Finders-in-the-Field: Green Warbler, North Ronaldsay, May 2020
A couple of quiet days accompanied by good birds on neighbouring islands had left us feeling a little dejected, but the following afternoon would brighten our moods with two singing Marsh Warblers on consecutive days, and a female Red-backed Shrike in the north further heightened our spirits.
Having opened the nets at Holland House things were running along at a steady pace, having caught the earlier mentioned Marsh Warbler as previously mentioned, a Siskin and a couple of fledgling birds.
At about 20:30 I noticed a ‘Phyllosc’ flicking around in the Sycamores adjacent to the house, having heard a Willow Warbler deeper in the Fuchsia jungle I hoped it would later end up in a mist net.
Fast forward an hour and after completing a net round I noticed a small ‘Phyllosc’ in the bottom of the net nearest the house, on approach I could see the underparts and face had a yellowy wash to them, in all honesty I expected it to be a Wood Warbler while I was approaching the bird.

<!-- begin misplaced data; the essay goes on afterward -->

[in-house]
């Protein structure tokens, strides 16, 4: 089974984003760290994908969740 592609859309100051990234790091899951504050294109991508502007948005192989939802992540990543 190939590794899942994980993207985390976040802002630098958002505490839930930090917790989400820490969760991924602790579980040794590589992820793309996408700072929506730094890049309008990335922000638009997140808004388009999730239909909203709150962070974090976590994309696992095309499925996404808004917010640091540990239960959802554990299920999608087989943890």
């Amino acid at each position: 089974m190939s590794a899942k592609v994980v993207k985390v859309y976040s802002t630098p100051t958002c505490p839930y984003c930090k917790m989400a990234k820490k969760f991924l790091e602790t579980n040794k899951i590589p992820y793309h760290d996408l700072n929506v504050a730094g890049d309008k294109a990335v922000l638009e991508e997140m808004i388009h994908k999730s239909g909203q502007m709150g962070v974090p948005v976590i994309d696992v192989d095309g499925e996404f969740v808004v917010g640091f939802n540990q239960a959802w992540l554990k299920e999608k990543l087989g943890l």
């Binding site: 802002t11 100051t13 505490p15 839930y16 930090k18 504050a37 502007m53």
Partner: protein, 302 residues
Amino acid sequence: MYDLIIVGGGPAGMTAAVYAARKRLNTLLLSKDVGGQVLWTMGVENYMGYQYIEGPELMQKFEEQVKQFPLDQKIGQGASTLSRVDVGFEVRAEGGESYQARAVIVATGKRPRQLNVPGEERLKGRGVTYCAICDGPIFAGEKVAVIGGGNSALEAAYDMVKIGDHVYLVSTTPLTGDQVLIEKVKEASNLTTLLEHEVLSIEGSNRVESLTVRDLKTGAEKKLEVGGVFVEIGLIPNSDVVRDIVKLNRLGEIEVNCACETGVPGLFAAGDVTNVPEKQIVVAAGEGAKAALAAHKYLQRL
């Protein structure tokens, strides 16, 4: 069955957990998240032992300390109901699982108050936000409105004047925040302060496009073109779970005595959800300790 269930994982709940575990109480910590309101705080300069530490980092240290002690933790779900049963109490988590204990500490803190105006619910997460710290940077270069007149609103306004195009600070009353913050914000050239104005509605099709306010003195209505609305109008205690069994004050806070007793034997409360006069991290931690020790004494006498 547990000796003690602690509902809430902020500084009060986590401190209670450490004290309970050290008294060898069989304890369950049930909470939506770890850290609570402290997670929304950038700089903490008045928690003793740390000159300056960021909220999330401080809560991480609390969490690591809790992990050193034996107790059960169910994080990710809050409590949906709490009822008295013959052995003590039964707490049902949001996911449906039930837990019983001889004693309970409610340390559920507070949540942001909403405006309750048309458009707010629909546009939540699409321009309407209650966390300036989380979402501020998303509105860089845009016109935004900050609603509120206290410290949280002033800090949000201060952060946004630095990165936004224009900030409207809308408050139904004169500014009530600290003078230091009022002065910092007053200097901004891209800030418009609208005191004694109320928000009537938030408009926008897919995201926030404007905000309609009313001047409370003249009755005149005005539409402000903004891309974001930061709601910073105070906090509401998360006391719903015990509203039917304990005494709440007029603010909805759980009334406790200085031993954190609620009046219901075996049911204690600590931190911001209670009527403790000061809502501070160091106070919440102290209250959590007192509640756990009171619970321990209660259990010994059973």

While extracting the bird it became apparent the bird had a wing-bar! At this point you always get a sudden panic of ‘this is something decent, don’t bloody drop it!’
With the bird securely into a bag I wandered back to the ringing hut, phoned down to the observatory, tried Peter Donnelly’s mobile but it never rang (sorry Pete!) and then began to process the bird.
The yellowish wash was probably the most striking thing about the bird, otherwise it mostly seemed to fit the bracket for a bright Greenish Warbler. Which was great, our first spring record for North Ronaldsay and with birds occurring further South it made sense.
Once other staff arrived it became clear they all felt the bird was bright, Gavin using some un-repeatable language at the sight of it.
This prompted a do-over of the biometrics, wing length of 65mm, P2=7/8 and emarginated strongly on the 6th primary. This put it in the frame as a strong candidate for a Green Warbler, but still in the realms of an odd Greenish; so, we continued on the side of caution.
By this point the bird had been held for long enough, we had plenty of photos and even some dropped feathers for DNA once the guys at Aberdeen University are back up and running, so it was released flying off and perching in some Rosa-rugosa before vanishing.
Once the pictures hit social media it was time for people to voice opinions on the bird as they so often do, the consensus was almost as we’d expected, falling on the Green side of things, but all things said and done we’ll be waiting until we have DNA proof before we crack open the drinks, it’s always better left safe than sorry!
A quick thanks to Dante Shepard, Josh Jones, Mark Warren and Steve Stansfield for their assistance with identification.
4 June 2020
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